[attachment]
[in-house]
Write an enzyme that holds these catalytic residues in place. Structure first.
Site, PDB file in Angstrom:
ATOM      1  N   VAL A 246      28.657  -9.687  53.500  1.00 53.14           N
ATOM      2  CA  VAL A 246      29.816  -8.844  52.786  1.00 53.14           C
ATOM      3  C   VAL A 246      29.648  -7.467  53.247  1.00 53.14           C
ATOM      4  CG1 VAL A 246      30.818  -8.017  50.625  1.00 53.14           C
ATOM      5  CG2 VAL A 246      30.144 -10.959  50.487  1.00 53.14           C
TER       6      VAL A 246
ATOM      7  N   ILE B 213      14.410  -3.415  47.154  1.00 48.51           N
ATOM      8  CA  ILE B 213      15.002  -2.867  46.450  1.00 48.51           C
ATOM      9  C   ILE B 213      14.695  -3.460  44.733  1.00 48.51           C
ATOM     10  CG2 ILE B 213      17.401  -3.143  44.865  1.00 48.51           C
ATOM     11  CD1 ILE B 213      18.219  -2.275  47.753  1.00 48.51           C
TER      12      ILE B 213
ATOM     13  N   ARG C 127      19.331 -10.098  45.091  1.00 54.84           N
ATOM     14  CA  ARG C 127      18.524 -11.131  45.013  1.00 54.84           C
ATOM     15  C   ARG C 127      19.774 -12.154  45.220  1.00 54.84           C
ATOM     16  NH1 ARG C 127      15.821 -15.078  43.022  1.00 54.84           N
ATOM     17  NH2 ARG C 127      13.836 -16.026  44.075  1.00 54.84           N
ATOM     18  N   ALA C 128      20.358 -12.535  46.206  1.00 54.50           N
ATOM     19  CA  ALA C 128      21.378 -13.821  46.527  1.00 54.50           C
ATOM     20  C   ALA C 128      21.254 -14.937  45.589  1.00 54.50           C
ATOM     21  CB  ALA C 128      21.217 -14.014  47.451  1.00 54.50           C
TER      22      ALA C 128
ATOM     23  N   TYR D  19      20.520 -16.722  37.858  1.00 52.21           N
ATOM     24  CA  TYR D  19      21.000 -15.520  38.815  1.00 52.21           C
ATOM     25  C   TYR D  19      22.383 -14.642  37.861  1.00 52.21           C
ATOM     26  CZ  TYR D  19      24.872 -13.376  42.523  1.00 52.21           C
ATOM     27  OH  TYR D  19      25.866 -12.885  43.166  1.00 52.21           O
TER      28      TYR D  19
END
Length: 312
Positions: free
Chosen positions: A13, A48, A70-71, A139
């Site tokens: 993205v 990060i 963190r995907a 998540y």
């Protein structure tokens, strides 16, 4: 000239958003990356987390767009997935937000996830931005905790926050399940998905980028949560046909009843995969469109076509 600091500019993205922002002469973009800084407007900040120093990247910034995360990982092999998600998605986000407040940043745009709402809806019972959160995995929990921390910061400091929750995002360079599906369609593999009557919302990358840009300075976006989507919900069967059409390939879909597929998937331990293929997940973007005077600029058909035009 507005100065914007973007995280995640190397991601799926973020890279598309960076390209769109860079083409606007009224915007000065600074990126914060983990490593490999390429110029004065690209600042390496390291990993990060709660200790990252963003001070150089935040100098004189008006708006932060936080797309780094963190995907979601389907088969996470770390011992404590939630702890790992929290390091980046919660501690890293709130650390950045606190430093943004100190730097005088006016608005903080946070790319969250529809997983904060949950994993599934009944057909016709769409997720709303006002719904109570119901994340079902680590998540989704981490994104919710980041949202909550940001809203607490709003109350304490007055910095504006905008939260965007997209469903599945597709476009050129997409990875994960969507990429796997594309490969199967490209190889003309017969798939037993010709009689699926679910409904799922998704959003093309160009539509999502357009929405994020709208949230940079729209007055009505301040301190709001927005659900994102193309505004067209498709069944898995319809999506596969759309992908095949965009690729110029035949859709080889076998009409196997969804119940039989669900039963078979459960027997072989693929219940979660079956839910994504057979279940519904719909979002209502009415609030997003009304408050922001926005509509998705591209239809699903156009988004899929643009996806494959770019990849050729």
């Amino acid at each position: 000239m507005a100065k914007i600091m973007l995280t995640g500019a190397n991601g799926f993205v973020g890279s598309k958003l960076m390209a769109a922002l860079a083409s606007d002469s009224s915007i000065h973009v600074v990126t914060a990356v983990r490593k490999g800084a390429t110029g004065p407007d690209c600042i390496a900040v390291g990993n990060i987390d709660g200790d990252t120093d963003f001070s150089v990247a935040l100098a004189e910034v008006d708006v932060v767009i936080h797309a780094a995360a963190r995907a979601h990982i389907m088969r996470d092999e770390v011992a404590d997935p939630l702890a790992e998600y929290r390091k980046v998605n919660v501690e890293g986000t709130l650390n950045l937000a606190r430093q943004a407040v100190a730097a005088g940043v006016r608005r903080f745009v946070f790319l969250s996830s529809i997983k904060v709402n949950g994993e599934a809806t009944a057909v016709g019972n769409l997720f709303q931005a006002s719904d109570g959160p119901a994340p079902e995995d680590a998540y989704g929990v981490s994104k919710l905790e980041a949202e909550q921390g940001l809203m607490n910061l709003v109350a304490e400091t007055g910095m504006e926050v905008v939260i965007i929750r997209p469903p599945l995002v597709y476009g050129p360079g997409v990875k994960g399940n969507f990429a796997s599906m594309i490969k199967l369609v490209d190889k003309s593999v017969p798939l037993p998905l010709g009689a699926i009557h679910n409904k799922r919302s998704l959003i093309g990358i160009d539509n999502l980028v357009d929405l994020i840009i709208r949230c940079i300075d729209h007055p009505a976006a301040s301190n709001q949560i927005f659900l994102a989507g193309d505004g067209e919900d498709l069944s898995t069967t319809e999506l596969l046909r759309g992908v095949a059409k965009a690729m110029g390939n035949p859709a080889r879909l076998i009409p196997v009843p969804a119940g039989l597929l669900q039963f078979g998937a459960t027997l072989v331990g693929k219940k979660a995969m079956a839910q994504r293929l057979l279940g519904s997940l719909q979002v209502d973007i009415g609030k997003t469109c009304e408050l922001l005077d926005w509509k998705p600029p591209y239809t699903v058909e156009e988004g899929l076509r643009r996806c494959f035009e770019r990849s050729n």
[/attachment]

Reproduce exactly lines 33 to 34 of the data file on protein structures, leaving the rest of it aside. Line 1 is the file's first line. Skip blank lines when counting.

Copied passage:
Length: 312
Positions: free